It appears as though the Clackamas Town Center is looking to return to normalcy after a deadly shooting at the mall.
The Clackamas Town Center just announced on their Facebook page that they will reopen tomorrow at 9 a.m. PST. The mall had been closed after gunmanÂ Jacob Tyler Roberts shot three people on the second floor of an Oregon mall.
You can read more about Roberts' history and about the two victims killed at the mall here:
We're learning more about the people involved in the shooting at a mall near Portland, Oregon.
Police say Jacob Tyler Roberts, 22, opened fire Tuesday, killing Cindy Ann Yuille and Steven Forsyth before shooting himself.
Here's what we know so far from the Clackamas County Sheriff's Office about the victims and the suspect:
A masked gunman opened fire at an Oregon shopping mall Tuesday. Three people, including the gunman, are dead, authorities said. Gunfire erupted at the Clackamas Town Center mall outside Portland shortly before 4 p.m. PST.
[Update 9:39 p.m.]
The gunman died of what appears to be a self-inflicted gunshot wound, Clackamas County Sheriff's Sgt. Adam Phillips said. He did not release the identity of either the shooter or the victims. Law enforcement did not fire any shots during the incident, he said.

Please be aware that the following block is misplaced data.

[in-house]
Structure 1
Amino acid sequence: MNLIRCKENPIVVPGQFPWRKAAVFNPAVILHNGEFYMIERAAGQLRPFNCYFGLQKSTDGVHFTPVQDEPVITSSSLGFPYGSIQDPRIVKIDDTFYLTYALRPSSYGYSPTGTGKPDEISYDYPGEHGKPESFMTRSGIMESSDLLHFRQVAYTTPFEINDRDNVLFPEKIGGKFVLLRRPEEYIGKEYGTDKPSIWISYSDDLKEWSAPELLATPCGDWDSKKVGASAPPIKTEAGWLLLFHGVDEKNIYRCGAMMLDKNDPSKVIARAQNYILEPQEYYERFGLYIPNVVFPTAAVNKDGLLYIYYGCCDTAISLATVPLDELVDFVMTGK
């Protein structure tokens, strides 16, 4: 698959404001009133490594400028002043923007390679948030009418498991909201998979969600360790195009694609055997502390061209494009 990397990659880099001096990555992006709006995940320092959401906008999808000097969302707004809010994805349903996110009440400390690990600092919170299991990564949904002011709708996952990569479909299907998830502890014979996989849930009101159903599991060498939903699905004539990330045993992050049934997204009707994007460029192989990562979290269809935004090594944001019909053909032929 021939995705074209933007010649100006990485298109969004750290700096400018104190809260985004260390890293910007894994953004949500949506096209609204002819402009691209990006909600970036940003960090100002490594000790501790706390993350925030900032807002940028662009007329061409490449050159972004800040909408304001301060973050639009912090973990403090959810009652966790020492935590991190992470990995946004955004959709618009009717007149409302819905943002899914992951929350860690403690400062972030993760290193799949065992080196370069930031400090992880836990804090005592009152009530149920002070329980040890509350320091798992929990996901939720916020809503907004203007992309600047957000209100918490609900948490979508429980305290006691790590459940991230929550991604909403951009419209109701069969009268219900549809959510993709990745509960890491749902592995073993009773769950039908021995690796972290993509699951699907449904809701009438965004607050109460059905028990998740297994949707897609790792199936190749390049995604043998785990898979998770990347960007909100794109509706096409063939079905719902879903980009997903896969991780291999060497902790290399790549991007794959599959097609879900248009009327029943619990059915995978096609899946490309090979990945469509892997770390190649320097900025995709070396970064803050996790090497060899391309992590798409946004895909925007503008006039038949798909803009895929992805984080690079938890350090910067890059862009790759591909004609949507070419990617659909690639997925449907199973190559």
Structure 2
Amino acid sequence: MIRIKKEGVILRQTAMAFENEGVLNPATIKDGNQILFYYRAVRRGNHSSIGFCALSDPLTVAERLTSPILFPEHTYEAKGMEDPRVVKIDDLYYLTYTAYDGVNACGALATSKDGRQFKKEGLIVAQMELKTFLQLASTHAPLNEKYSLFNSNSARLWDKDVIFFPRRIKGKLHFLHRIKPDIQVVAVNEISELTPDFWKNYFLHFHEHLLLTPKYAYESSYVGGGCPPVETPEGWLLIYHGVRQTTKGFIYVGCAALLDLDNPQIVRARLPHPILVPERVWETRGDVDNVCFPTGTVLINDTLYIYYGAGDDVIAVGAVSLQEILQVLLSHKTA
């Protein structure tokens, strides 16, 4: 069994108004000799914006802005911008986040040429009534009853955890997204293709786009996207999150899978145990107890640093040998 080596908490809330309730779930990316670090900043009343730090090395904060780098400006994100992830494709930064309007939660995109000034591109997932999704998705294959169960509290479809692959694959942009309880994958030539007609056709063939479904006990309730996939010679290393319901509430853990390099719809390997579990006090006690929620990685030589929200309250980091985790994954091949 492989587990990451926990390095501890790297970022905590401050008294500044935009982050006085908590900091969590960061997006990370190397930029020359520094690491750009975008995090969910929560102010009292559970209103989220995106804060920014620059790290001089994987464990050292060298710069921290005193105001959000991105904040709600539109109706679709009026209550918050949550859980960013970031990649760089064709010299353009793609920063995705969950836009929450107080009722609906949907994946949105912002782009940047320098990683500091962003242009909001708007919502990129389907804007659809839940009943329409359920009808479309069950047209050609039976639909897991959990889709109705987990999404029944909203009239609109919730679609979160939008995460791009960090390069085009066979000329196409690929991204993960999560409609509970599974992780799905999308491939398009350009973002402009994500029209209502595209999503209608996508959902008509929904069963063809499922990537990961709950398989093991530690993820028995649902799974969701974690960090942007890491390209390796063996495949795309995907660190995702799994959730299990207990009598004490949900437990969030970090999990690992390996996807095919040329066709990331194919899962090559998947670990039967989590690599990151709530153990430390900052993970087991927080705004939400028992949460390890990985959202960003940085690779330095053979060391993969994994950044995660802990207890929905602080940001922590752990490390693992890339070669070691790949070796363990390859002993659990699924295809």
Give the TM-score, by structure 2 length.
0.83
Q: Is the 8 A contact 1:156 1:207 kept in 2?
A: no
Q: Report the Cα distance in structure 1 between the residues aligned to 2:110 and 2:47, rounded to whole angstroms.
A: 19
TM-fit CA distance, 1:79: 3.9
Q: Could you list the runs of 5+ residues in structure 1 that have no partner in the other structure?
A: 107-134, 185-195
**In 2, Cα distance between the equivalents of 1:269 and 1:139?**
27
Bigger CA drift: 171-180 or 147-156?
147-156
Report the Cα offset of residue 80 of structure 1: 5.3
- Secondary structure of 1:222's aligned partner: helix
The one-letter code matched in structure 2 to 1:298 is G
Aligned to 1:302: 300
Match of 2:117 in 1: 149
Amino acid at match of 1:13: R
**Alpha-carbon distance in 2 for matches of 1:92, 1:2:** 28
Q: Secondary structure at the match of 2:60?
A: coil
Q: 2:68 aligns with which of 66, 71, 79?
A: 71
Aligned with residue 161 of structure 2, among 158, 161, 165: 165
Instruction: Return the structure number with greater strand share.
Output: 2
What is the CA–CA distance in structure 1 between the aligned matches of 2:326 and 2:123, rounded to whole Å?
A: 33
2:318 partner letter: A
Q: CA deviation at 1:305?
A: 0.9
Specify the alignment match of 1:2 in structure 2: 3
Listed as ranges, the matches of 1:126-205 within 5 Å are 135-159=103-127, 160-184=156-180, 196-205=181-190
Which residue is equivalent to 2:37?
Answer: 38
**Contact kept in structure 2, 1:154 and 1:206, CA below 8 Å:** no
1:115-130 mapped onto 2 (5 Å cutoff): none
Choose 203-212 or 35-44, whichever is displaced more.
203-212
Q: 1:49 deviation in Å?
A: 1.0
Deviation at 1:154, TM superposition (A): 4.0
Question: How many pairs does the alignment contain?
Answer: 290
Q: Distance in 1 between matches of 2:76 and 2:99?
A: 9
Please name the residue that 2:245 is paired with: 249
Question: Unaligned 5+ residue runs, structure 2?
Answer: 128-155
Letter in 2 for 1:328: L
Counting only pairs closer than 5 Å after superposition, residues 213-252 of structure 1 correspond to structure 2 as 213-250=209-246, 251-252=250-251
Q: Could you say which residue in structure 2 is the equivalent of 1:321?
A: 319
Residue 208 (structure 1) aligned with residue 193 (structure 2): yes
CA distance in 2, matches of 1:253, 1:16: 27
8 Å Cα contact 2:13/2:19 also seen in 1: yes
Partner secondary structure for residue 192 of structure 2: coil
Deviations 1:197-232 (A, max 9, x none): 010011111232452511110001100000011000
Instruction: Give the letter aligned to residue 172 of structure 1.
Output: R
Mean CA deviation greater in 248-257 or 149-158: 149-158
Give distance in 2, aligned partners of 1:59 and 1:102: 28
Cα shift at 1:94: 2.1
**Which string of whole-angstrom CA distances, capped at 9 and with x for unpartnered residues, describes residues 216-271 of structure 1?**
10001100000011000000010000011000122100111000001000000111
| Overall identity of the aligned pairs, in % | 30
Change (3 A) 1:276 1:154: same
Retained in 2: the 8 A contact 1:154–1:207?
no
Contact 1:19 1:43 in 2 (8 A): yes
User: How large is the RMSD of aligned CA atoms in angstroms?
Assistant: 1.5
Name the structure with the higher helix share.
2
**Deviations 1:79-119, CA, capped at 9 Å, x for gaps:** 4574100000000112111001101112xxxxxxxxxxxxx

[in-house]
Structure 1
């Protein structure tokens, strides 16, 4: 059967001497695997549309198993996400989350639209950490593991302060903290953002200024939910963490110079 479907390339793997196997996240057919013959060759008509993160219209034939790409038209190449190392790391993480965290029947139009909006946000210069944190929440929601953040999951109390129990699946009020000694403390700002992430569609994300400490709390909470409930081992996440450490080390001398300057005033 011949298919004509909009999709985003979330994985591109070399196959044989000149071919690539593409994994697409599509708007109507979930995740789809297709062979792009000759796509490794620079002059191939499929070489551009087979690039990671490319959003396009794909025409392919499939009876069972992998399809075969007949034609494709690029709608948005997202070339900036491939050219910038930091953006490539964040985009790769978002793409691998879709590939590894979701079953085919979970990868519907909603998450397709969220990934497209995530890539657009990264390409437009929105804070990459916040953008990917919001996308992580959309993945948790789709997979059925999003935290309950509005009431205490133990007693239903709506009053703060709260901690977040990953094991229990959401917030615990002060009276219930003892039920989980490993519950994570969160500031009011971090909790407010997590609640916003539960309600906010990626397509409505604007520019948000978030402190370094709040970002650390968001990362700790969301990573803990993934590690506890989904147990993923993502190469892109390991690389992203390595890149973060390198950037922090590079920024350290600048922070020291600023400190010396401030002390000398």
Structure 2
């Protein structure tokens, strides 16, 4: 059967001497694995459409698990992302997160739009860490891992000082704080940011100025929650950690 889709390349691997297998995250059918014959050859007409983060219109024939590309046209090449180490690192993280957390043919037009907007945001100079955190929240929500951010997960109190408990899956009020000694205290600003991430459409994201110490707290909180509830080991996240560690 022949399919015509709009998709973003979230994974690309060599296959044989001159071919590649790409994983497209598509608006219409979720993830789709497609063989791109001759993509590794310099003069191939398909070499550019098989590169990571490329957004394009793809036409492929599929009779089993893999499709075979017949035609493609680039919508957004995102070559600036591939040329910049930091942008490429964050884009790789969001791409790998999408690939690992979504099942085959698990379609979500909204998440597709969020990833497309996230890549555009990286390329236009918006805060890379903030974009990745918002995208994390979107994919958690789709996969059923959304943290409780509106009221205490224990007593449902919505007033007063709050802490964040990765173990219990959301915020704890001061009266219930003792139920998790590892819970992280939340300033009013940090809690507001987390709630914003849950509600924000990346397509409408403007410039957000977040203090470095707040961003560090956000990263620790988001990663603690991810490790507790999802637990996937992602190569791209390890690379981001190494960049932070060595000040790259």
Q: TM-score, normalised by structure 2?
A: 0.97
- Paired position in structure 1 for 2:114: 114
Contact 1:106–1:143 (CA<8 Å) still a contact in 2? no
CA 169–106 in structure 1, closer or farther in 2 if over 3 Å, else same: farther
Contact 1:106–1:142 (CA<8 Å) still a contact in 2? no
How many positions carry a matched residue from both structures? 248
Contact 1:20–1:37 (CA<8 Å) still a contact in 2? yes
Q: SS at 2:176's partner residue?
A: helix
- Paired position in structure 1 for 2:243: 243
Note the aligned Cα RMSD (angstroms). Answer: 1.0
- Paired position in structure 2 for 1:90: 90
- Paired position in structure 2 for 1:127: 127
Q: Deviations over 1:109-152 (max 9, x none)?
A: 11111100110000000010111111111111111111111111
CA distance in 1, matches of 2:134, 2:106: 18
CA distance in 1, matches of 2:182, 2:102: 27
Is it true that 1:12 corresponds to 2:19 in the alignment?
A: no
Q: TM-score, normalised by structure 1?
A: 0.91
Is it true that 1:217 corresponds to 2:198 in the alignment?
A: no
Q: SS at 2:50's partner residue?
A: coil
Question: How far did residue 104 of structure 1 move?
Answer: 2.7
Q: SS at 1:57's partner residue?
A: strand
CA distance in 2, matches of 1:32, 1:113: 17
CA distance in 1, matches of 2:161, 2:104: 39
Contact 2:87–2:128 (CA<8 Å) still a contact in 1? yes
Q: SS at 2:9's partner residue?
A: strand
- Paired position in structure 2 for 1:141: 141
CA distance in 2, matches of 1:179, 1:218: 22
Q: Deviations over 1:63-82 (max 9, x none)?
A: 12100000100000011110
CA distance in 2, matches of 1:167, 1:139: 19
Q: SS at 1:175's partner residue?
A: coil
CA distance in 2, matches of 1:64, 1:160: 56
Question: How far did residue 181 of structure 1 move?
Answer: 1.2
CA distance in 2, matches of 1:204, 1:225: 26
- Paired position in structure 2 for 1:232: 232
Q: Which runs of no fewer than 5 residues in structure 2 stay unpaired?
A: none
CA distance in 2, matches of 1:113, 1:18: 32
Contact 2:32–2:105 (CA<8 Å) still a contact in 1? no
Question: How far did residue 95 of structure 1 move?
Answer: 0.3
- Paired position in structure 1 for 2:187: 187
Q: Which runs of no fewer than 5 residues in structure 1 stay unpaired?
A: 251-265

[Update 8:40 p.m. ET]
Witness Kira Rowland told CNN's Anderson Cooper she was with her infant in the Macy's cosmetics area when the shooting broke out. She estimated she heard about 25 shots fired.
"I can't help but think that if I hadn't stopped to smell that perfume, maybe me and my baby wouldn't be here today," she said, her voice breaking.
[Update 8:35 p.m. ET]
Clackamas County Sheriff's spokesman Lt. James Rhodes said the shooter and two victims were dead and only one person was injured.
He said nearly 100 officers from several agencies were on the scene, searching the mall and controlling the crime scene.
"Where it began specifically in the mall I don't know," he said.
Rhodes asked witnesses to call or come to the sheriff's office to describe what they saw.
Cell phone service was overwhelmed by the volume of calls, he said, and asked people seeking information to be patient.
"I heard something similar to a .22 popping, probably eight times," witness Christina Fisher told CNN affiliate KOIN. She said people dropped to the floor and cooperate with one another to get to safety. She said she was about to leave through the Sears store, but then police blocked the doors.
[Update 8:28 p.m. ET] Witnesses and others near the scene were tweeting about their experiences.
Well, I'm alive, but the shots were close enough that I felt the air pressure change on my neck. Clackamas Town Center.—
Bill Cameron (@bcmystery) December 11, 2012